Happy Anniversary!

It’s hard to believe, but it has been 5 years since the completion of Phase II of the Archey Fork restoration project! It is time to deliver some updates on both this project and others we are doing in the Greers Ferry Lake watershed.

Our last entry detailed some of the flooding that occurred at the park. We are happy to report that the washed-out sidewalk has been repaired and people are using it, walking along the project site every day. Floods are still coming, and the site is holding up well!

If you walk along the trail, you might see that the willows, sycamores, and river birch are getting well established and doing their job to keep the streambanks stable and in place. We could not be more pleased with the way the project has turned out. What about you? We are eager to hear your comments.

As we head into the spring and summer months, we are looking forward to seeing everyone who is utilizing the river and the park, as well as the return of green, signaling the start of warmer weather. During a recent visit, we ran into an angler who said the smallmouth fishing was great. Now, just a couple more months until it’s time to float!

Winter Floods and Mild Temps

The winter and spring rains have kept us inside quite a bit, but we’ve kept our eye on the restoration area. The most notable flood event was December 27-30, 2015. Our on-site rain gauge measured 7.64 inches in the three day period, and water depth on the USGS gauge read at 19 feet for December 28, 2015! Check out the slideshow of in-stream flood pictures below.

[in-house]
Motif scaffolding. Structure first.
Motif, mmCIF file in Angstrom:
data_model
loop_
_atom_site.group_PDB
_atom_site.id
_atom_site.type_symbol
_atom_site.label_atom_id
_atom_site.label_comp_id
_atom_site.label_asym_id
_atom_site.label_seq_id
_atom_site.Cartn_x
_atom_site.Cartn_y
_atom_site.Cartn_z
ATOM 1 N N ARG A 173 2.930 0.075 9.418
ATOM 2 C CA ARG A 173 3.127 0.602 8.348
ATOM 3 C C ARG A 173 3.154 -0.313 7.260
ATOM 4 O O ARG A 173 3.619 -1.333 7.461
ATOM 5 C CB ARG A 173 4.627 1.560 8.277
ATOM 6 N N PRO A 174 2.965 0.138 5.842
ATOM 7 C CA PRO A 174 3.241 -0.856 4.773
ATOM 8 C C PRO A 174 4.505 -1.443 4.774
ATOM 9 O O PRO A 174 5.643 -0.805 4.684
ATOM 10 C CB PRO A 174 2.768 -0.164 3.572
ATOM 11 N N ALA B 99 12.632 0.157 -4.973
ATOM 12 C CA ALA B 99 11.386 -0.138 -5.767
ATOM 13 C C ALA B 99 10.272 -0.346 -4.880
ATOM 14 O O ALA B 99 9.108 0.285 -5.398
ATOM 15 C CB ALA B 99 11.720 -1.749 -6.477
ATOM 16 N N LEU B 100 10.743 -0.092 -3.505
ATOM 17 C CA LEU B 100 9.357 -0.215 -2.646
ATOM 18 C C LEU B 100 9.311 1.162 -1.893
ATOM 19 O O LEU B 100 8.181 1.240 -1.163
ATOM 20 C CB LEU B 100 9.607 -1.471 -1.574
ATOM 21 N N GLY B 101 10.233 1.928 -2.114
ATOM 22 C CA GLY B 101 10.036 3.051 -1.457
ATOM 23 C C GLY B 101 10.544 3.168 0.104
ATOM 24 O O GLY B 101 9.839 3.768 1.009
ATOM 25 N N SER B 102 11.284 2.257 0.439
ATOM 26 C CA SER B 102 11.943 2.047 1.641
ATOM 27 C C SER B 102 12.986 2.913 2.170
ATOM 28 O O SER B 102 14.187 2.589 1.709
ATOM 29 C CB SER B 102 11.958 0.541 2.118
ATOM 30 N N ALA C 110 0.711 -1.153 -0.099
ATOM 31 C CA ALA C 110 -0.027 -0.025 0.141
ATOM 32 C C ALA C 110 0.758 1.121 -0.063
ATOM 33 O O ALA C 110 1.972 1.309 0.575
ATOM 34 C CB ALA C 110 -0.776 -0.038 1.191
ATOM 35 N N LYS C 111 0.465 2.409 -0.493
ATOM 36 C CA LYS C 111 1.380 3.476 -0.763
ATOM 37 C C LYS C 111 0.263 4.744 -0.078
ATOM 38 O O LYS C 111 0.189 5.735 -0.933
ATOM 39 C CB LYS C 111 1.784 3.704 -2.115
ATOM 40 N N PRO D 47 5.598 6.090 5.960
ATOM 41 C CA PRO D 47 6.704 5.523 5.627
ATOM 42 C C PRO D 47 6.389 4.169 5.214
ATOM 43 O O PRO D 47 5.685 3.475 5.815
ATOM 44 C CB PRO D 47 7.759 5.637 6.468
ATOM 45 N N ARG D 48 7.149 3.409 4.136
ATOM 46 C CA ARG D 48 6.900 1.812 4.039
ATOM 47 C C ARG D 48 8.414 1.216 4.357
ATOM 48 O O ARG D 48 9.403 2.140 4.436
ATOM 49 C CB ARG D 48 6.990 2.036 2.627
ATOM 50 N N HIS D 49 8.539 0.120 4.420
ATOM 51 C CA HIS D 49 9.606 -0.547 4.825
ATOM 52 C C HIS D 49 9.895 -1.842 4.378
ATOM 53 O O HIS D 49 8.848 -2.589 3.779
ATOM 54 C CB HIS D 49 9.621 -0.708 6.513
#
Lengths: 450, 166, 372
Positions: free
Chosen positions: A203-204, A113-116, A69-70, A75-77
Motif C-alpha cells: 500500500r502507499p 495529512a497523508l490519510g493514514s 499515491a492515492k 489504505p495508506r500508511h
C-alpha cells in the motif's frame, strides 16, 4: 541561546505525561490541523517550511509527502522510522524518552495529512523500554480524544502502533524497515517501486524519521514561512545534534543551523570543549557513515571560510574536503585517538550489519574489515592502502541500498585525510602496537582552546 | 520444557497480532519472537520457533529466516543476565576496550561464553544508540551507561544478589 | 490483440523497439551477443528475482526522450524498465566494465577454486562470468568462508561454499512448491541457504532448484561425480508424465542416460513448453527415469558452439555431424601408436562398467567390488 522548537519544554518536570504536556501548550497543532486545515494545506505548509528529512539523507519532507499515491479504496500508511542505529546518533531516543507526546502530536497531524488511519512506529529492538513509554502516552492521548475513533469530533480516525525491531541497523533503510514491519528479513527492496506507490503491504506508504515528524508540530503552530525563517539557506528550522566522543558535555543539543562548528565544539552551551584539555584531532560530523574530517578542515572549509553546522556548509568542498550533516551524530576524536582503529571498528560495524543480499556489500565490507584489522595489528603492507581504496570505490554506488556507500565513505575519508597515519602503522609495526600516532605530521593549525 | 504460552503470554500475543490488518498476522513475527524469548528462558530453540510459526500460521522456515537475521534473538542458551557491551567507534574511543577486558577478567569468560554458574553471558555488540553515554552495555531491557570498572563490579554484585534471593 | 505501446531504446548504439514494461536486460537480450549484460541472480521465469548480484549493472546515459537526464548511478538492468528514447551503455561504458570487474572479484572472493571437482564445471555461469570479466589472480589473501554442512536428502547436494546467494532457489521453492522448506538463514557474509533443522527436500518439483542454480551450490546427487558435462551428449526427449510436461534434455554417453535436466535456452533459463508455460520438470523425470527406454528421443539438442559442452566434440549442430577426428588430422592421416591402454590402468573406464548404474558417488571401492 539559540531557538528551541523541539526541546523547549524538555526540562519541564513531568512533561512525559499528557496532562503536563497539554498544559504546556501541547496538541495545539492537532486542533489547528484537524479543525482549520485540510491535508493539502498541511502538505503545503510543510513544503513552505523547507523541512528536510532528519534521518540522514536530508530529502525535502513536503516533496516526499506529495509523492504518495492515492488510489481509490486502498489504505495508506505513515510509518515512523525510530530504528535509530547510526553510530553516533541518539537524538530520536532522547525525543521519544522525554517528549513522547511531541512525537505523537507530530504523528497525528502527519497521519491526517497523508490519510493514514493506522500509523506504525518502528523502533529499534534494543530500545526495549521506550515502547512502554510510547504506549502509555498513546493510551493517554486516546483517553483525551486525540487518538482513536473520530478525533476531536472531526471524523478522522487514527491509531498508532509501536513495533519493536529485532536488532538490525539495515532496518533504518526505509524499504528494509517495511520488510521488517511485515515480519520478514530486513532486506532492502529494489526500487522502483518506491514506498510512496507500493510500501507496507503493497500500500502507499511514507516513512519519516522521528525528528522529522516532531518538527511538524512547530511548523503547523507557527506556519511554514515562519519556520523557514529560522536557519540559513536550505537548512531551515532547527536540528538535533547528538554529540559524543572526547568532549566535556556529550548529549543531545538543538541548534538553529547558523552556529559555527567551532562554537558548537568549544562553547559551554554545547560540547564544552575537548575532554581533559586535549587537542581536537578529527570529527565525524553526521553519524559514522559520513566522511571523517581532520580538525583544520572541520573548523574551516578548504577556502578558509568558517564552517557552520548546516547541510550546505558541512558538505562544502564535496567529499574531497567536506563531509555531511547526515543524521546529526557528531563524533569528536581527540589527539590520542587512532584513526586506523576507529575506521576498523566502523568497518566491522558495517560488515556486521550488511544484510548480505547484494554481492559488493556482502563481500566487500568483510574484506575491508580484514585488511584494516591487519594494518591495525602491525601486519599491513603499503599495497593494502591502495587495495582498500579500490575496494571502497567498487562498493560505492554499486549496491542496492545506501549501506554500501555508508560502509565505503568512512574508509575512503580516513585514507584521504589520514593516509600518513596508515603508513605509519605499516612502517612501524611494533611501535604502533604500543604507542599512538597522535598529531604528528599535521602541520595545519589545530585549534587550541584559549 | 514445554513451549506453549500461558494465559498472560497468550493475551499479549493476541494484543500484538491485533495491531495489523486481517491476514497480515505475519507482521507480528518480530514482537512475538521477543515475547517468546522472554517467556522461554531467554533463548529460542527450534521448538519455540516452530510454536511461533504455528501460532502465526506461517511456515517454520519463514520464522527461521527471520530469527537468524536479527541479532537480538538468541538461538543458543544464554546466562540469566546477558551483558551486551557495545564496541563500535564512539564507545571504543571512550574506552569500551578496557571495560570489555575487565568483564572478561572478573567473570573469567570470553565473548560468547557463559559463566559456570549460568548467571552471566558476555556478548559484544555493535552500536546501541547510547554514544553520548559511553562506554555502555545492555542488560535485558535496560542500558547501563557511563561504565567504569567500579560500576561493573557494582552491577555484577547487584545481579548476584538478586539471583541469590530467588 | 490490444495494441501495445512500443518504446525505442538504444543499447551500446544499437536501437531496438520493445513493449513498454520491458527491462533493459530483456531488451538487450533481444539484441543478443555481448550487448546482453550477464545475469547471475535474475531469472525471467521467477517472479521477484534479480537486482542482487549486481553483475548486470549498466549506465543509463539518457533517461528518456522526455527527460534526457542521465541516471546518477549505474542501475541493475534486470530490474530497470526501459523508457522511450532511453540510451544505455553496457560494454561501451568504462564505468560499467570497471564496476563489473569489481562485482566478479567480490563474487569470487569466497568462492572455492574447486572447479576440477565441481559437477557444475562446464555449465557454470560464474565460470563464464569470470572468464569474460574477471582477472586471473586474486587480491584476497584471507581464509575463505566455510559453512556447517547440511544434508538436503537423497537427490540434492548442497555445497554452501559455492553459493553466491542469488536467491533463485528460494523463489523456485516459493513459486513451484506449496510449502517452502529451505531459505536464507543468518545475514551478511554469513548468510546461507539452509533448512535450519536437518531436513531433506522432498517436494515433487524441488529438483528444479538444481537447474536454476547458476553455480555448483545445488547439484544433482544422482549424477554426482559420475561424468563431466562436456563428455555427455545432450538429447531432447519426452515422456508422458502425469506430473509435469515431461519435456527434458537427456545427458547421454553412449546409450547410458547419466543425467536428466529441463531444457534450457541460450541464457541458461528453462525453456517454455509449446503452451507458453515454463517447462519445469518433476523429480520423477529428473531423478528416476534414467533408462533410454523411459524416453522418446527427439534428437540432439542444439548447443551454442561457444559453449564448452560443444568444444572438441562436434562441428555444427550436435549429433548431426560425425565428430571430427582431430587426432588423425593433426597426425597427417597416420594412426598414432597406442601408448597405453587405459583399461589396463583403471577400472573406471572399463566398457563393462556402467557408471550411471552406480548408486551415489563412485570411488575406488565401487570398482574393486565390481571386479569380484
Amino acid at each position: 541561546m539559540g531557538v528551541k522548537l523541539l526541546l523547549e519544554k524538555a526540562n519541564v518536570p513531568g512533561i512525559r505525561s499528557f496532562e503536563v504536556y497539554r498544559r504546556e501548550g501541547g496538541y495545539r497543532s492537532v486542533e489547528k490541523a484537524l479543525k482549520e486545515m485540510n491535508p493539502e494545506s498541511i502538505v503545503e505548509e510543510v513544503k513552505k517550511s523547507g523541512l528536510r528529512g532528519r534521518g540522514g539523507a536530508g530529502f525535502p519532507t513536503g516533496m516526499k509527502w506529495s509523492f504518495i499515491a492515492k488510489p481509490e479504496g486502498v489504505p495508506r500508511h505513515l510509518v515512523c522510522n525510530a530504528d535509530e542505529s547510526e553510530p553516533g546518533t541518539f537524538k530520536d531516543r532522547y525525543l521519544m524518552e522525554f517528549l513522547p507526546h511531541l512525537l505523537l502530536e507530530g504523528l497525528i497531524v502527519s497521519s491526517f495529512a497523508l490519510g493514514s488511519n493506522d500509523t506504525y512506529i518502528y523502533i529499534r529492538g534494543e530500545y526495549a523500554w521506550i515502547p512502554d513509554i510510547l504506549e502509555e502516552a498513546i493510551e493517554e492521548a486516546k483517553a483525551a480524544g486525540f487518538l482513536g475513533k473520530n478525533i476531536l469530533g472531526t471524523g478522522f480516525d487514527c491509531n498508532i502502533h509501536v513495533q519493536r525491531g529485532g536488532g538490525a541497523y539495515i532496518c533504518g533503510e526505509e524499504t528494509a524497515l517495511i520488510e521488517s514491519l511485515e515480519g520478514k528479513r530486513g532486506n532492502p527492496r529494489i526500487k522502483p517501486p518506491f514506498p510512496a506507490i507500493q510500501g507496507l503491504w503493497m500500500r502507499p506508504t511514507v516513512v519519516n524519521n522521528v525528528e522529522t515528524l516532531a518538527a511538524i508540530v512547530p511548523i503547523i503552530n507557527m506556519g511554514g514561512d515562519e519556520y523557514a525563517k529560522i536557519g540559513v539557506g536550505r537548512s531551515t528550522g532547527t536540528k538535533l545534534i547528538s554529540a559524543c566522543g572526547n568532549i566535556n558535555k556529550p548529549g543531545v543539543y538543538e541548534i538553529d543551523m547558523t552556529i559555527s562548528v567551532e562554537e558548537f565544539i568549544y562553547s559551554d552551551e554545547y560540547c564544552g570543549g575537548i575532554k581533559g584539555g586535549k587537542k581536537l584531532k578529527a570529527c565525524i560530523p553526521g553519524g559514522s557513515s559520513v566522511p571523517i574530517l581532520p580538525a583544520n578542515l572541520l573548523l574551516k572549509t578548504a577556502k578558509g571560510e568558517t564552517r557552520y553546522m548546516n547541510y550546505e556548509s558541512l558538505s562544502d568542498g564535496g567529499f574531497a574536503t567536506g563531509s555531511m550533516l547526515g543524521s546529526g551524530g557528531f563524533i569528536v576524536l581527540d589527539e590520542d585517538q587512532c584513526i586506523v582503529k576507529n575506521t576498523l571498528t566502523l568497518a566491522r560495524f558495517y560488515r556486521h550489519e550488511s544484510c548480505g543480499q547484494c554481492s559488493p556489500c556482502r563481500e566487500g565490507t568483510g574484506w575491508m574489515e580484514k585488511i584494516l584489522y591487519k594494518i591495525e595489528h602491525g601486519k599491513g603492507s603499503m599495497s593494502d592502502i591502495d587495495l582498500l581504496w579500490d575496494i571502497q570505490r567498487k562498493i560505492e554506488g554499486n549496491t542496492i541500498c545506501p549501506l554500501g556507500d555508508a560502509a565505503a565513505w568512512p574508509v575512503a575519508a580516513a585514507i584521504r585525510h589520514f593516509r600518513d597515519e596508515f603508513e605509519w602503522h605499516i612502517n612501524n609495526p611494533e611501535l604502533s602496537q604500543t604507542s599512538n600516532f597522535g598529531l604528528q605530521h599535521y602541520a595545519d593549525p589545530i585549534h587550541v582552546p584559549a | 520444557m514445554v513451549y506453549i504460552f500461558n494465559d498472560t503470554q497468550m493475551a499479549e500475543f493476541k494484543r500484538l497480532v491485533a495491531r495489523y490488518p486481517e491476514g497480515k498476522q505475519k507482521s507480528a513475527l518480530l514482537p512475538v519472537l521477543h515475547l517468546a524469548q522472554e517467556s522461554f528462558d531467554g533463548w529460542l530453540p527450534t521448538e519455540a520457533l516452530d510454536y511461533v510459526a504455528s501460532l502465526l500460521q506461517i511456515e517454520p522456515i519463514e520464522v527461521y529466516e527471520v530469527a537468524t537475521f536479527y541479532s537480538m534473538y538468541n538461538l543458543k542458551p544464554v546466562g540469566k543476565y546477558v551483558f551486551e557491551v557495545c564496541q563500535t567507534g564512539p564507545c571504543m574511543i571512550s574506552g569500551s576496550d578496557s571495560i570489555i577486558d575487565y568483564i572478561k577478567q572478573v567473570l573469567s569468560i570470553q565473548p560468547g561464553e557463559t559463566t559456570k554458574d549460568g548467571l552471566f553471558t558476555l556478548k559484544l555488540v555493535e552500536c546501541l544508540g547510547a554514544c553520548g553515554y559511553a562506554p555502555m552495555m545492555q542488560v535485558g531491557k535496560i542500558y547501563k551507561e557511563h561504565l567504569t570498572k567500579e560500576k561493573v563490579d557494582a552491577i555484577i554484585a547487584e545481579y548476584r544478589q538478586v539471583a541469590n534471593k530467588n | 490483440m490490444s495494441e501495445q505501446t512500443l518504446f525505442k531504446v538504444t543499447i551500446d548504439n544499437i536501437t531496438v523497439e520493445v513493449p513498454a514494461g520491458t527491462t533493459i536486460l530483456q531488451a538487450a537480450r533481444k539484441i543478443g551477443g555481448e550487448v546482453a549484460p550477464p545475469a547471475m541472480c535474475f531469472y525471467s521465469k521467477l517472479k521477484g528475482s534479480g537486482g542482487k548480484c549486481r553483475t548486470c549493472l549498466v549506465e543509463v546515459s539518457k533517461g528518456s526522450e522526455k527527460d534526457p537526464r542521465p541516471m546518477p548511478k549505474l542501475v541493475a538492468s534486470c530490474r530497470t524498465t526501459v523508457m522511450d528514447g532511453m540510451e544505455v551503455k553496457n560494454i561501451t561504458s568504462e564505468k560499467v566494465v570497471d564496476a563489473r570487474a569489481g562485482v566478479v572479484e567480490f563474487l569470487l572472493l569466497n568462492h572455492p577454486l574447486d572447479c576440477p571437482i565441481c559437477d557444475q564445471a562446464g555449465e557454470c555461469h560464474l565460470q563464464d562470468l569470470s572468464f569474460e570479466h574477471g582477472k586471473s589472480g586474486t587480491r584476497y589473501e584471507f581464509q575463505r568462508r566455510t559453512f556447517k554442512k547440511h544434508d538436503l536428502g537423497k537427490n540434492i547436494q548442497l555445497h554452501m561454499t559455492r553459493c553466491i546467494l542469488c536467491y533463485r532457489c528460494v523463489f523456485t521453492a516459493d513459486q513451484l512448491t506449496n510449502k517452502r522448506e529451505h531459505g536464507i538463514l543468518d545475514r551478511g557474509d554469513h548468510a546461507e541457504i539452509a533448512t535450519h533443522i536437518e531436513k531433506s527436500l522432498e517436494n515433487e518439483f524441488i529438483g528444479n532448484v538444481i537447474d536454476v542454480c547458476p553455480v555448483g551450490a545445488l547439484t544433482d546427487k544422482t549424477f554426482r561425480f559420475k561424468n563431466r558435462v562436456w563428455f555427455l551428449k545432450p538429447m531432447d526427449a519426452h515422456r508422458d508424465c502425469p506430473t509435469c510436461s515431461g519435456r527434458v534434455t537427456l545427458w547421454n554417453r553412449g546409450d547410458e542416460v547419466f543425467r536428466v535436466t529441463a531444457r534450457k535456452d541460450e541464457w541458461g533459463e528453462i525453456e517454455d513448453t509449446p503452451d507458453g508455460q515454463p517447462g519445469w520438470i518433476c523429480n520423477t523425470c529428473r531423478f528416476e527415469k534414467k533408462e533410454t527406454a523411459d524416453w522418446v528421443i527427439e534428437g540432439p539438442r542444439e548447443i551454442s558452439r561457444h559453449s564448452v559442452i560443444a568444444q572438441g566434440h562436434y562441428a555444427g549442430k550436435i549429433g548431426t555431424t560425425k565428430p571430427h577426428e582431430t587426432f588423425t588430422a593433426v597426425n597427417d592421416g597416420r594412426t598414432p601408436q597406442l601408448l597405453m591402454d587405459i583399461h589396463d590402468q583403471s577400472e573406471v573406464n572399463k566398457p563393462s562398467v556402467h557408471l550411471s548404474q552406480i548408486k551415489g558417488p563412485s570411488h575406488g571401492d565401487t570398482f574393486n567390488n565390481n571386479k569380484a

The flooding reached into Archey Creek Park, covering the field and spilling into the bathroom and concession stand. Our restoration is not meant to prevent this type of flooding. Floods like these will naturally occur periodically because Archey Creek Park was built in the floodplain with the purpose of accommodating the flows of a fairly large water system. Flooding allows the fish community and other aquatic species to access the floodplain, typically a terrestrial and disconnected land. By allowing flood waters to access the floodplain, aquatic species get to gorge themselves on frogs and other critters that are usually unavailable to them.  As a byproduct they fill the pond as well – better fishing!  The nutrients from the water also nourish the land, making the grass greener and trees healthier. For a natural ecosystem, flooding is a wonderful thing, but for joggers and ball players, we understand that it is a bit of an inconvenience. This is one way that humans and nature coexist within a river’s boundary.

Despite all of the high water, the restoration site is still doing stellar with all structures performing just as expected. A section of the new walking trail, however, was…well…compromised. Unfortunately, this segment of the trail was placed too close to the stream bank, and the flood waters undercut the pavement. It was pretty impressive and a reminder of how powerful water can be, particularly in places without large tree root systems already established.